The bell rang and like always there was a rush to form a line at the door, only this time the boys waited for the girls to go first and then followed behind them. The girls found it hysterical. I high- fived all of the boys and congratulated them on all being fine young gentleman. I warned them that now I had explained to them how important it is, I would be watching them (like in Meet the Parents, I put my fore and middle finger up to my eyes and then pointed back at each one of them individually).
We walked down to the banda together where all of the other classes were waiting for tea and break time. The headmaster, Mr Athumani then calls the classes up, one by one to collect their tea and bread. He calls Class 5. Test time. Like when the bell goes at the end of each lesson, all of the kids get up from their table and rush towards the serving table in an almost a race like fashion. As the first boy racer got close, he remembered ladies first, stopped on his toes, slightly bowed, and waved his hand to let the ladies go first. The girls, shocked and still laughing got their tea and bread first. I high-fived each of the boys and felt oddly proud that I might have actually taught these children something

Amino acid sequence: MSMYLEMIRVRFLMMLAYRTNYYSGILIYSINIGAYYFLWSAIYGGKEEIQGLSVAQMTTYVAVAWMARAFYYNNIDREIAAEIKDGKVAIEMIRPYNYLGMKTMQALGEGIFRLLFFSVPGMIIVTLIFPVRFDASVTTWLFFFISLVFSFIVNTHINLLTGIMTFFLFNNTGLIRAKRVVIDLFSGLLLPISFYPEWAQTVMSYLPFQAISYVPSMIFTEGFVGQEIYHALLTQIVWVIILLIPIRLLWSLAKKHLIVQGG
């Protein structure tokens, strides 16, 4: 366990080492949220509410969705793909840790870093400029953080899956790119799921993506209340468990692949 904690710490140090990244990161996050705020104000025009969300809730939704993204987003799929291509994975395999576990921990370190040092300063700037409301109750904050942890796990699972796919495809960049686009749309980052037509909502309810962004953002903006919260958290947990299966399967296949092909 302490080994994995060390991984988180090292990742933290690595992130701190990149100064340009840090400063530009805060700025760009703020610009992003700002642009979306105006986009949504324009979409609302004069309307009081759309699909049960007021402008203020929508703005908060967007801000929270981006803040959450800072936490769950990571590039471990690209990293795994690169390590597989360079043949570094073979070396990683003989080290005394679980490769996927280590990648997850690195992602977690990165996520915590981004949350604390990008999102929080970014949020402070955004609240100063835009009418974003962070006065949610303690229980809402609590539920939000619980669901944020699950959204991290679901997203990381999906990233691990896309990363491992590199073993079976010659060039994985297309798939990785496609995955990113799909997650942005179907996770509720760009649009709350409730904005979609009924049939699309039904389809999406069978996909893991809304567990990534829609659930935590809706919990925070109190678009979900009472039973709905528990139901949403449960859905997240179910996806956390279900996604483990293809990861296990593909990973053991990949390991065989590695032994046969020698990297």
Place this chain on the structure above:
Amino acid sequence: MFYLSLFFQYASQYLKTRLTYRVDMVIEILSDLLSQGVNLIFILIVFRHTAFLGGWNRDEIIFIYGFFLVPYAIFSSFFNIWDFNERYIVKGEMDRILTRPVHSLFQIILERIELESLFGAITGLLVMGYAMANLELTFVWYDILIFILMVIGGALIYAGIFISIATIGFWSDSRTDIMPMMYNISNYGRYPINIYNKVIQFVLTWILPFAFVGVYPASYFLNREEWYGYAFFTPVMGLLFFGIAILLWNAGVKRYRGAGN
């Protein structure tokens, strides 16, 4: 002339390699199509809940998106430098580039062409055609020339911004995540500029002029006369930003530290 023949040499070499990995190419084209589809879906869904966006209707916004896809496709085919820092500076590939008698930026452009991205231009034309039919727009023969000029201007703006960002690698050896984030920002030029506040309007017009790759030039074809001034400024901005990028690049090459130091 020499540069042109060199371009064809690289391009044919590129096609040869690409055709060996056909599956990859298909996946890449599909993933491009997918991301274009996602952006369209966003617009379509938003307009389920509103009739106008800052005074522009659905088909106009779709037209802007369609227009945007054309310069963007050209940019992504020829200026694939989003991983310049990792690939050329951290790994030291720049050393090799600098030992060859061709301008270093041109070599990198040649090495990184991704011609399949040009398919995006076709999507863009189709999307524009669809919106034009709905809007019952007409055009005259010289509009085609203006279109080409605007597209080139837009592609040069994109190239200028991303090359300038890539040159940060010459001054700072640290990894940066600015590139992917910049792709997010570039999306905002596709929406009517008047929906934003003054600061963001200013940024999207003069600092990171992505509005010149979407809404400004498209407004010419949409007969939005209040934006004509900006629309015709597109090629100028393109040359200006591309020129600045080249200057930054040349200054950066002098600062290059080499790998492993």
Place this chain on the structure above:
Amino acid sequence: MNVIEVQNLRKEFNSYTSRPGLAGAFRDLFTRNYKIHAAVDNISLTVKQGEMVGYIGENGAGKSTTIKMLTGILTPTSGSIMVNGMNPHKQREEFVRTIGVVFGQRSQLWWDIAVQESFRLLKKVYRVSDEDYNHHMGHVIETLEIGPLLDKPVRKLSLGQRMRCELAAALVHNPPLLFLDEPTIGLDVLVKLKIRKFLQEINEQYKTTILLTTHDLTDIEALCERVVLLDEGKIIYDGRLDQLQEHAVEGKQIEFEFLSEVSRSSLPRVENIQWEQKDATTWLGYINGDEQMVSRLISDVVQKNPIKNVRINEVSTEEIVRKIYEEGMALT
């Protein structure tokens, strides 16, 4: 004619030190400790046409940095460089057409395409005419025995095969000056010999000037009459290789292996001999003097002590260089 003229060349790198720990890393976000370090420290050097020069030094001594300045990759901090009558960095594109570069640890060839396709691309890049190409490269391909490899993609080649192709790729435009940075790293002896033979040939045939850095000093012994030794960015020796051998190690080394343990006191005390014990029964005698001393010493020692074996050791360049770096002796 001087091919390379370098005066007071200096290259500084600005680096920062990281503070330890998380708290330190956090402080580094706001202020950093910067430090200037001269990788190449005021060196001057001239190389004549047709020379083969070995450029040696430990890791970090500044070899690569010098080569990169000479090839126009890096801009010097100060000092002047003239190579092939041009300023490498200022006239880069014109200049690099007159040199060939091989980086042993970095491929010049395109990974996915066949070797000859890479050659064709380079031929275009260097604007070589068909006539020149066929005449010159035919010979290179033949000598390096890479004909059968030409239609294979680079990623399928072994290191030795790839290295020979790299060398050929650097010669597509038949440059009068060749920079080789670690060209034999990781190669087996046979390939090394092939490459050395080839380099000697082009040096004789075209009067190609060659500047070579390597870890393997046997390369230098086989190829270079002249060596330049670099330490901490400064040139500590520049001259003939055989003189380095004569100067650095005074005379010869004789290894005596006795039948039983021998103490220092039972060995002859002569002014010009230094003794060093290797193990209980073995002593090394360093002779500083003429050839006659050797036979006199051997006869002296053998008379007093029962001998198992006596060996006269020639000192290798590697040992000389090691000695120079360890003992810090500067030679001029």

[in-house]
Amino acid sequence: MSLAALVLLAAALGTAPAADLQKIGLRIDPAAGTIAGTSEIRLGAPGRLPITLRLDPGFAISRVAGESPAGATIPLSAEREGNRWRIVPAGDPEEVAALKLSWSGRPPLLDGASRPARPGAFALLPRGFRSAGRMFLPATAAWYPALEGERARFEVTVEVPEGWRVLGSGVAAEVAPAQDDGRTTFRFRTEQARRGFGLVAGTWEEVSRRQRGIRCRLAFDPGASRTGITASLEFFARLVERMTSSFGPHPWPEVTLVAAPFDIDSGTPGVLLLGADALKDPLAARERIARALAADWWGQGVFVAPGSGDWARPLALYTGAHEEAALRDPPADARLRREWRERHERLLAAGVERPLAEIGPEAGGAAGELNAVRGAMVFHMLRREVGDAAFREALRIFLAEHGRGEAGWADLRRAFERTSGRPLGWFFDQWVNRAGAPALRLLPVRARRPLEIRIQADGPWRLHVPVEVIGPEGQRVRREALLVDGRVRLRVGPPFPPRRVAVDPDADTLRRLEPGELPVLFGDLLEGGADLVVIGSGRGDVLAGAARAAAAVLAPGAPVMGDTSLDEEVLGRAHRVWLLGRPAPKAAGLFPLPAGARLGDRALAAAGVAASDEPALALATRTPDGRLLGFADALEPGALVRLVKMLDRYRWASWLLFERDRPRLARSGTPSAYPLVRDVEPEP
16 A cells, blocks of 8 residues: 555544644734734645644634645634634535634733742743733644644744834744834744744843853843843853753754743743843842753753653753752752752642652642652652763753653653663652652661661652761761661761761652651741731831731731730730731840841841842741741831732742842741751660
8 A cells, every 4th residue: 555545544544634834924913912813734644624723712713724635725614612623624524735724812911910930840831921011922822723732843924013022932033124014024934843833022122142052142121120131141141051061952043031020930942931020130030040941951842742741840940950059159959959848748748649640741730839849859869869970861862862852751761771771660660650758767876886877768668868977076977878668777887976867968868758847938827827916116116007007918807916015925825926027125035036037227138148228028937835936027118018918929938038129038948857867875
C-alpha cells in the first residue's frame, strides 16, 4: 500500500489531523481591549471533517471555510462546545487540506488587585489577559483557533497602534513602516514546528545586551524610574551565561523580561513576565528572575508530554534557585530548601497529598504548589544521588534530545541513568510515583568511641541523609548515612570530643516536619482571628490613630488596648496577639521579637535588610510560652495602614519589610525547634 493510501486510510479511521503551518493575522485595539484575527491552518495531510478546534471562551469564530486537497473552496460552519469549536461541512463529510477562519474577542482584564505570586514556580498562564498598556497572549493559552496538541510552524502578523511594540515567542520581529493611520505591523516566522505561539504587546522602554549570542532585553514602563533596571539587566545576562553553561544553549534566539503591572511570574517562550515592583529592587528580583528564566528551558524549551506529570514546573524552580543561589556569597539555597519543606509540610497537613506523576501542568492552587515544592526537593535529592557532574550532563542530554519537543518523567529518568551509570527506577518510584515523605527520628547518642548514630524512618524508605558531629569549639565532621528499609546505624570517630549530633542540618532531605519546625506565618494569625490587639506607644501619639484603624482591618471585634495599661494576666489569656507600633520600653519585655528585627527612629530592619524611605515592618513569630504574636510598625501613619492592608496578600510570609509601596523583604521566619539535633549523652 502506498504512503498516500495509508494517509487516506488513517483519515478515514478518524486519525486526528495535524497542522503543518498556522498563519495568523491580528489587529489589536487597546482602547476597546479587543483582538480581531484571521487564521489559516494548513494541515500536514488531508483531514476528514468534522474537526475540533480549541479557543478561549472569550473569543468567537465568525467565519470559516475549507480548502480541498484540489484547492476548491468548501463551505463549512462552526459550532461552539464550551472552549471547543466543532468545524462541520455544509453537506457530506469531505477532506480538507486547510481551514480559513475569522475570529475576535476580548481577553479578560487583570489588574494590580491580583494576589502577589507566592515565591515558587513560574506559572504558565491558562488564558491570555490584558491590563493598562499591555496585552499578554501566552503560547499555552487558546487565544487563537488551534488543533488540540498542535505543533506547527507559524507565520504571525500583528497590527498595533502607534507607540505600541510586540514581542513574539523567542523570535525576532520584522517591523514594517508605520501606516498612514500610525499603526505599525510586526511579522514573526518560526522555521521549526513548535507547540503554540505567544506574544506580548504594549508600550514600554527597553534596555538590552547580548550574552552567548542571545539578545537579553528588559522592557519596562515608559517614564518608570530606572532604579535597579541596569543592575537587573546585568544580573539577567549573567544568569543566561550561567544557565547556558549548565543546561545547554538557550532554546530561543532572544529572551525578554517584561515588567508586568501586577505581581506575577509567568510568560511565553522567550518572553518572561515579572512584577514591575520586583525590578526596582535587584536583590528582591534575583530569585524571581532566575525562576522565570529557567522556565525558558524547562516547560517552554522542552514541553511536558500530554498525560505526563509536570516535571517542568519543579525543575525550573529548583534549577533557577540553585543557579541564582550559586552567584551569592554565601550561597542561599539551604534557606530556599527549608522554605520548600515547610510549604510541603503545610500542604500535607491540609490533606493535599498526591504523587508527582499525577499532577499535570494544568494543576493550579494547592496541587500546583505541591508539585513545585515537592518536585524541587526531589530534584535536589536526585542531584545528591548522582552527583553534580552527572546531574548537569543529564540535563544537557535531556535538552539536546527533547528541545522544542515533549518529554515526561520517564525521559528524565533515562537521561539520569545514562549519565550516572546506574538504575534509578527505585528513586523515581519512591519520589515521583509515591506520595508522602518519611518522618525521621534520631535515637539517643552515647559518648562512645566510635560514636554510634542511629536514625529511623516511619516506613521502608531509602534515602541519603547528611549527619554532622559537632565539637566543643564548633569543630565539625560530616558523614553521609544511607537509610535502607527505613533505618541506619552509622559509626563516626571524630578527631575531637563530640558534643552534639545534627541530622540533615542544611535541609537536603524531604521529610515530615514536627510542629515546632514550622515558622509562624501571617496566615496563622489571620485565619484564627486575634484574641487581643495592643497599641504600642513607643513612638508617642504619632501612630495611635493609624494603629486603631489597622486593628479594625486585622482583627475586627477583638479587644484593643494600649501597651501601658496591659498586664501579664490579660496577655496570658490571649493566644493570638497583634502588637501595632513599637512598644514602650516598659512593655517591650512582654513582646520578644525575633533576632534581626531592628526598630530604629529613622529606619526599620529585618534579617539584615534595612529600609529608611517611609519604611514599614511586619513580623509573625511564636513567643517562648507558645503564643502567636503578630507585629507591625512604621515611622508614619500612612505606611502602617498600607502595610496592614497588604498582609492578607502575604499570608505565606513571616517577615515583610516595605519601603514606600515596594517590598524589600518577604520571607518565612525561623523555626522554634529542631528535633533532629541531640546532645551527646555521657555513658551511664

It felt so good
 I am so excited for the weeks ahead."

Thursday, 22 August 2013

Welcome "home" to the Websters

To Grace Webster her family's sponsor child, Oscar, is her twin brother.
They were both born on the same date - two continents apart.
And now they have met for the first time.
Grace's mum Louise is the very special lady who sends out the profiles of our Happy House children to new sponsors, so her name will be known to lots of you.